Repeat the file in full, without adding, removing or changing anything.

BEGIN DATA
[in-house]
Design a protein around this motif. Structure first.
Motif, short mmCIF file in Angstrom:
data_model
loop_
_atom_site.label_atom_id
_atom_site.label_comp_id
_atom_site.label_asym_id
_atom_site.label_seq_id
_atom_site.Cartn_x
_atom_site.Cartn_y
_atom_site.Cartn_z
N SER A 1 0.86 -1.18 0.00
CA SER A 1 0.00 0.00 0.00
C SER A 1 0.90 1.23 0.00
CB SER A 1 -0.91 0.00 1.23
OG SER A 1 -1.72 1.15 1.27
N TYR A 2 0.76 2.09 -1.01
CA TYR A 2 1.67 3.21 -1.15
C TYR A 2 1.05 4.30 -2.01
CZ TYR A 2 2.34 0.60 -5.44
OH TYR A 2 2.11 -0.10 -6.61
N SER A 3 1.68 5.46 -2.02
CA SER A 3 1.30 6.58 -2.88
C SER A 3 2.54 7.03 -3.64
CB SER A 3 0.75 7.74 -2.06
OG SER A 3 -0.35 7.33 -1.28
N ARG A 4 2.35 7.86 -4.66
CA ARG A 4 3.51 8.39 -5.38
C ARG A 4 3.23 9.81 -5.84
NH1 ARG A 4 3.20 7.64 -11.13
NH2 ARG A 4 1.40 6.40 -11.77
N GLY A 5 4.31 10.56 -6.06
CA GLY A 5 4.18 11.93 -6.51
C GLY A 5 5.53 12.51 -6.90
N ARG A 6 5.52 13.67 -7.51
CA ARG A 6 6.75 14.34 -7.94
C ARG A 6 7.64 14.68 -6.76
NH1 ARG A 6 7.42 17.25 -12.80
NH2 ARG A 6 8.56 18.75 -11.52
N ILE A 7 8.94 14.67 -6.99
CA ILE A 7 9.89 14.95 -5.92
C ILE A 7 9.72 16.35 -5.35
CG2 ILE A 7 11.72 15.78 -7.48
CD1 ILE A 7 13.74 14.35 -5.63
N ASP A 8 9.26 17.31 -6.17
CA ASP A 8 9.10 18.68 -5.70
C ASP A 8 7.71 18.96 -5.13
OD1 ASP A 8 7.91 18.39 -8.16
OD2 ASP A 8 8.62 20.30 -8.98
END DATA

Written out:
[in-house]
Design a protein around this motif. Structure first.
Motif, short mmCIF file in Angstrom:
data_model
loop_
_atom_site.label_atom_id
_atom_site.label_comp_id
_atom_site.label_asym_id
_atom_site.label_seq_id
_atom_site.Cartn_x
_atom_site.Cartn_y
_atom_site.Cartn_z
N SER A 1 0.86 -1.18 0.00
CA SER A 1 0.00 0.00 0.00
C SER A 1 0.90 1.23 0.00
CB SER A 1 -0.91 0.00 1.23
OG SER A 1 -1.72 1.15 1.27
N TYR A 2 0.76 2.09 -1.01
CA TYR A 2 1.67 3.21 -1.15
C TYR A 2 1.05 4.30 -2.01
CZ TYR A 2 2.34 0.60 -5.44
OH TYR A 2 2.11 -0.10 -6.61
N SER A 3 1.68 5.46 -2.02
CA SER A 3 1.30 6.58 -2.88
C SER A 3 2.54 7.03 -3.64
CB SER A 3 0.75 7.74 -2.06
OG SER A 3 -0.35 7.33 -1.28
N ARG A 4 2.35 7.86 -4.66
CA ARG A 4 3.51 8.39 -5.38
C ARG A 4 3.23 9.81 -5.84
NH1 ARG A 4 3.20 7.64 -11.13
NH2 ARG A 4 1.40 6.40 -11.77
N GLY A 5 4.31 10.56 -6.06
CA GLY A 5 4.18 11.93 -6.51
C GLY A 5 5.53 12.51 -6.90
N ARG A 6 5.52 13.67 -7.51
CA ARG A 6 6.75 14.34 -7.94
C ARG A 6 7.64 14.68 -6.76
NH1 ARG A 6 7.42 17.25 -12.80
NH2 ARG A 6 8.56 18.75 -11.52
N ILE A 7 8.94 14.67 -6.99
CA ILE A 7 9.89 14.95 -5.92
C ILE A 7 9.72 16.35 -5.35
CG2 ILE A 7 11.72 15.78 -7.48
CD1 ILE A 7 13.74 14.35 -5.63
N ASP A 8 9.26 17.31 -6.17
CA ASP A 8 9.10 18.68 -5.70
C ASP A 8 7.71 18.96 -5.13
OD1 ASP A 8 7.91 18.39 -8.16
OD2 ASP A 8 8.62 20.30 -8.98